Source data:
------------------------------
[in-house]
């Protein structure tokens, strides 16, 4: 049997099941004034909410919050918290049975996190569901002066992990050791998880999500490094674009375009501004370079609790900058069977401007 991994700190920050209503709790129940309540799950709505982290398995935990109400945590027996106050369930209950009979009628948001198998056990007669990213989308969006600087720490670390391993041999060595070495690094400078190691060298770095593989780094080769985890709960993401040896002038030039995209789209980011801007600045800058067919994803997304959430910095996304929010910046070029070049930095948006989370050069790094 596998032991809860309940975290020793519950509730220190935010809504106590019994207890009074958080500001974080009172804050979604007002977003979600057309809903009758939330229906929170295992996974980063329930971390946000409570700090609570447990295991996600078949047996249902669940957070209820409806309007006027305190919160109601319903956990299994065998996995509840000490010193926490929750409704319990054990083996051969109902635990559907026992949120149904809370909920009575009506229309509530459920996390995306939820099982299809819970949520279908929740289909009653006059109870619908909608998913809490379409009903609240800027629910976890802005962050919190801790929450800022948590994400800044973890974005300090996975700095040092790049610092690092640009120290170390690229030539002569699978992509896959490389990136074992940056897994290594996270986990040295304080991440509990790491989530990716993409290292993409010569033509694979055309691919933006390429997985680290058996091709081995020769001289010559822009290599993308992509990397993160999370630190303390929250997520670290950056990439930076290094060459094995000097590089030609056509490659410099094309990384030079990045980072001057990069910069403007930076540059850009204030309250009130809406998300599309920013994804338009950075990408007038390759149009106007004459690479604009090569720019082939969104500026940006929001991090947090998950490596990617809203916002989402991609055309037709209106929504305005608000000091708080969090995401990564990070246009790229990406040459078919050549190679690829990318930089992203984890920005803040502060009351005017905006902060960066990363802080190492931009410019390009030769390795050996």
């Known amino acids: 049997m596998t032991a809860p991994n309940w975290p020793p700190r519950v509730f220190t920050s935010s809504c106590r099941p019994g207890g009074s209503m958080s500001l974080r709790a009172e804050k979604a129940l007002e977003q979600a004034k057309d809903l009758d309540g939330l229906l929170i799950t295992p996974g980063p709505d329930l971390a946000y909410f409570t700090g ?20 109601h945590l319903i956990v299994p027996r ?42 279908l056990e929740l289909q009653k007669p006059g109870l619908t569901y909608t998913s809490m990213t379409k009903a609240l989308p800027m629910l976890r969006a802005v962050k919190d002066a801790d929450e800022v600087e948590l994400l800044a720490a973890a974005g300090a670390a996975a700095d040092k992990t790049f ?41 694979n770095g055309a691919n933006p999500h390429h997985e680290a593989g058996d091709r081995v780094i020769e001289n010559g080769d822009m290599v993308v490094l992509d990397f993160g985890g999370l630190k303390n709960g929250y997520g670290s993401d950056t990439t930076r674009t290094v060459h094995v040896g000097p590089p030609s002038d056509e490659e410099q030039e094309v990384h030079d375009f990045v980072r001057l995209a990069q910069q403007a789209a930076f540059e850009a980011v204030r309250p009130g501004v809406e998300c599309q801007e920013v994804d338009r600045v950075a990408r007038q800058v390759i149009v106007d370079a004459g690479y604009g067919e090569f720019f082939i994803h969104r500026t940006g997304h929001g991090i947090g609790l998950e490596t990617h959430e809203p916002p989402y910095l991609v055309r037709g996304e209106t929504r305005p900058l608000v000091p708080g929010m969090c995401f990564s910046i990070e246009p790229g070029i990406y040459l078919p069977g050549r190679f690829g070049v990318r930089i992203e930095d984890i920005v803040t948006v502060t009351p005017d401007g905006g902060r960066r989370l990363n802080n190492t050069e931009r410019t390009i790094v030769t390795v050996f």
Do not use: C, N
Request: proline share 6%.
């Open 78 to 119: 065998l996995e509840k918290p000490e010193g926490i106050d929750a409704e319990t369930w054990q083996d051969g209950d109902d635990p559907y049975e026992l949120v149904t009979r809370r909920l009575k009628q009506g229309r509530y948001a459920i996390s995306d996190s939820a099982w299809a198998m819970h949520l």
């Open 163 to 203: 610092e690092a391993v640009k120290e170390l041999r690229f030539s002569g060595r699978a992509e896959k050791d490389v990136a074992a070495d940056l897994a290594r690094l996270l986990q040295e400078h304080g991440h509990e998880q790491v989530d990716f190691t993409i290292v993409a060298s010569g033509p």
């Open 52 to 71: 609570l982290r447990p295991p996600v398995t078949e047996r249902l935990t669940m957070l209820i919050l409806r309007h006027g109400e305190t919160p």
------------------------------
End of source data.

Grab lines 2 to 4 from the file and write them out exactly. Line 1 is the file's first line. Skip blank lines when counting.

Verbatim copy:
């Protein structure tokens, strides 16, 4: 049997099941004034909410919050918290049975996190569901002066992990050791998880999500490094674009375009501004370079609790900058069977401007 991994700190920050209503709790129940309540799950709505982290398995935990109400945590027996106050369930209950009979009628948001198998056990007669990213989308969006600087720490670390391993041999060595070495690094400078190691060298770095593989780094080769985890709960993401040896002038030039995209789209980011801007600045800058067919994803997304959430910095996304929010910046070029070049930095948006989370050069790094 596998032991809860309940975290020793519950509730220190935010809504106590019994207890009074958080500001974080009172804050979604007002977003979600057309809903009758939330229906929170295992996974980063329930971390946000409570700090609570447990295991996600078949047996249902669940957070209820409806309007006027305190919160109601319903956990299994065998996995509840000490010193926490929750409704319990054990083996051969109902635990559907026992949120149904809370909920009575009506229309509530459920996390995306939820099982299809819970949520279908929740289909009653006059109870619908909608998913809490379409009903609240800027629910976890802005962050919190801790929450800022948590994400800044973890974005300090996975700095040092790049610092690092640009120290170390690229030539002569699978992509896959490389990136074992940056897994290594996270986990040295304080991440509990790491989530990716993409290292993409010569033509694979055309691919933006390429997985680290058996091709081995020769001289010559822009290599993308992509990397993160999370630190303390929250997520670290950056990439930076290094060459094995000097590089030609056509490659410099094309990384030079990045980072001057990069910069403007930076540059850009204030309250009130809406998300599309920013994804338009950075990408007038390759149009106007004459690479604009090569720019082939969104500026940006929001991090947090998950490596990617809203916002989402991609055309037709209106929504305005608000000091708080969090995401990564990070246009790229990406040459078919050549190679690829990318930089992203984890920005803040502060009351005017905006902060960066990363802080190492931009410019390009030769390795050996």
């Known amino acids: 049997m596998t032991a809860p991994n309940w975290p020793p700190r519950v509730f220190t920050s935010s809504c106590r099941p019994g207890g009074s209503m958080s500001l974080r709790a009172e804050k979604a129940l007002e977003q979600a004034k057309d809903l009758d309540g939330l229906l929170i799950t295992p996974g980063p709505d329930l971390a946000y909410f409570t700090g ?20 109601h945590l319903i956990v299994p027996r ?42 279908l056990e929740l289909q009653k007669p006059g109870l619908t569901y909608t998913s809490m990213t379409k009903a609240l989308p800027m629910l976890r969006a802005v962050k919190d002066a801790d929450e800022v600087e948590l994400l800044a720490a973890a974005g300090a670390a996975a700095d040092k992990t790049f ?41 694979n770095g055309a691919n933006p999500h390429h997985e680290a593989g058996d091709r081995v780094i020769e001289n010559g080769d822009m290599v993308v490094l992509d990397f993160g985890g999370l630190k303390n709960g929250y997520g670290s993401d950056t990439t930076r674009t290094v060459h094995v040896g000097p590089p030609s002038d056509e490659e410099q030039e094309v990384h030079d375009f990045v980072r001057l995209a990069q910069q403007a789209a930076f540059e850009a980011v204030r309250p009130g501004v809406e998300c599309q801007e920013v994804d338009r600045v950075a990408r007038q800058v390759i149009v106007d370079a004459g690479y604009g067919e090569f720019f082939i994803h969104r500026t940006g997304h929001g991090i947090g609790l998950e490596t990617h959430e809203p916002p989402y910095l991609v055309r037709g996304e209106t929504r305005p900058l608000v000091p708080g929010m969090c995401f990564s910046i990070e246009p790229g070029i990406y040459l078919p069977g050549r190679f690829g070049v990318r930089i992203e930095d984890i920005v803040t948006v502060t009351p005017d401007g905006g902060r960066r989370l990363n802080n190492t050069e931009r410019t390009i790094v030769t390795v050996f």
Do not use: C, N